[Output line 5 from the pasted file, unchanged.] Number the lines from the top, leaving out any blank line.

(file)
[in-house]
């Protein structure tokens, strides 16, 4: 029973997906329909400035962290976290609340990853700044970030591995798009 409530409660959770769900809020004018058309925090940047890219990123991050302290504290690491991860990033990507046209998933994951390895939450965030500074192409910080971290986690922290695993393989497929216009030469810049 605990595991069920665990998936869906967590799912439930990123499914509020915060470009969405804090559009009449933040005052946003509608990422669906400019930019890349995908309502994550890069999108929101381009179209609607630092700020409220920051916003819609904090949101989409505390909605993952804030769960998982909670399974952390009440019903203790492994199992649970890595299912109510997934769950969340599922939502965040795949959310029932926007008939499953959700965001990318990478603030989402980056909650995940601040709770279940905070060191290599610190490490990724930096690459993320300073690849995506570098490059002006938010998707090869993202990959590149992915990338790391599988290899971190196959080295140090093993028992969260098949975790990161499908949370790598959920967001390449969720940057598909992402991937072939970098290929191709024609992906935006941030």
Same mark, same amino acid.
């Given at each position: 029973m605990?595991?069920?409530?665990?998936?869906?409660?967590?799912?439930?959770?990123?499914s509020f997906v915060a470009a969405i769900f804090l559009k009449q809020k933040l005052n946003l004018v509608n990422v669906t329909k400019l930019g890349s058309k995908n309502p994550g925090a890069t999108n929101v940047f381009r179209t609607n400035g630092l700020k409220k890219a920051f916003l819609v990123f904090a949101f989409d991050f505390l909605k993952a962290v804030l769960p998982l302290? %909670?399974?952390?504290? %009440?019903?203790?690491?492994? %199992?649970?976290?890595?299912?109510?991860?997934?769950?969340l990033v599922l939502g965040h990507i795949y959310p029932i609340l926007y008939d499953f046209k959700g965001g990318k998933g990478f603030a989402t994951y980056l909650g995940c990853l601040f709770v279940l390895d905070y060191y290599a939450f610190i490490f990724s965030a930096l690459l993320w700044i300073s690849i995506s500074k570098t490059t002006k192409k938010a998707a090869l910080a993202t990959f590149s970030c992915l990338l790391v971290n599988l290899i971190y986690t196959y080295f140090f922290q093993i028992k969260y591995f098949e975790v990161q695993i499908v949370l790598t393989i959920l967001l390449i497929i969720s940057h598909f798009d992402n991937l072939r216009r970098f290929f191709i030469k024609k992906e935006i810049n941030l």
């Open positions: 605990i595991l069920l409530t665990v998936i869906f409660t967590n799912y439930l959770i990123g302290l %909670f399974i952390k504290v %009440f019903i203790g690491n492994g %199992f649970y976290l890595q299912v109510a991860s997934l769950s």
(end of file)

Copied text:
């Open positions: 605990i595991l069920l409530t665990v998936i869906f409660t967590n799912y439930l959770i990123g302290l %909670f399974i952390k504290v %009440f019903i203790g690491n492994g %199992f649970y976290l890595q299912v109510a991860s997934l769950s």